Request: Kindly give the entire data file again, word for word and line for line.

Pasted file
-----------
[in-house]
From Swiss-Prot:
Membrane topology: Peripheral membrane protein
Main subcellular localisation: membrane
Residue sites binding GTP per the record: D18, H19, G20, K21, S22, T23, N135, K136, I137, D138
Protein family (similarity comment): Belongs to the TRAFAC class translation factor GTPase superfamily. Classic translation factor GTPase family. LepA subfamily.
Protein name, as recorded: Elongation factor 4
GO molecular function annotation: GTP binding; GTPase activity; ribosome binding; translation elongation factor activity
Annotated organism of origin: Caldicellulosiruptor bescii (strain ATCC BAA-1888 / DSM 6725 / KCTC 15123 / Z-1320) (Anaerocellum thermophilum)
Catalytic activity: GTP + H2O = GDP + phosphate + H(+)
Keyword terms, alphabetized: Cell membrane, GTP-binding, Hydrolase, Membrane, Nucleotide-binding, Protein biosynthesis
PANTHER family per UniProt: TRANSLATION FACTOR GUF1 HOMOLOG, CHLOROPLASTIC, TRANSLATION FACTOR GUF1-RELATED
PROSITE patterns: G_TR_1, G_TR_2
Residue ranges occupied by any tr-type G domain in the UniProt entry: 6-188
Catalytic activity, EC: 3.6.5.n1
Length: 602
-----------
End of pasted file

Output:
[in-house]
From Swiss-Prot:
Membrane topology: Peripheral membrane protein
Main subcellular localisation: membrane
Residue sites binding GTP per the record: D18, H19, G20, K21, S22, T23, N135, K136, I137, D138
Protein family (similarity comment): Belongs to the TRAFAC class translation factor GTPase superfamily. Classic translation factor GTPase family. LepA subfamily.
Protein name, as recorded: Elongation factor 4
GO molecular function annotation: GTP binding; GTPase activity; ribosome binding; translation elongation factor activity
Annotated organism of origin: Caldicellulosiruptor bescii (strain ATCC BAA-1888 / DSM 6725 / KCTC 15123 / Z-1320) (Anaerocellum thermophilum)
Catalytic activity: GTP + H2O = GDP + phosphate + H(+)
Keyword terms, alphabetized: Cell membrane, GTP-binding, Hydrolase, Membrane, Nucleotide-binding, Protein biosynthesis
PANTHER family per UniProt: TRANSLATION FACTOR GUF1 HOMOLOG, CHLOROPLASTIC, TRANSLATION FACTOR GUF1-RELATED
PROSITE patterns: G_TR_1, G_TR_2
Residue ranges occupied by any tr-type G domain in the UniProt entry: 6-188
Catalytic activity, EC: 3.6.5.n1
Length: 602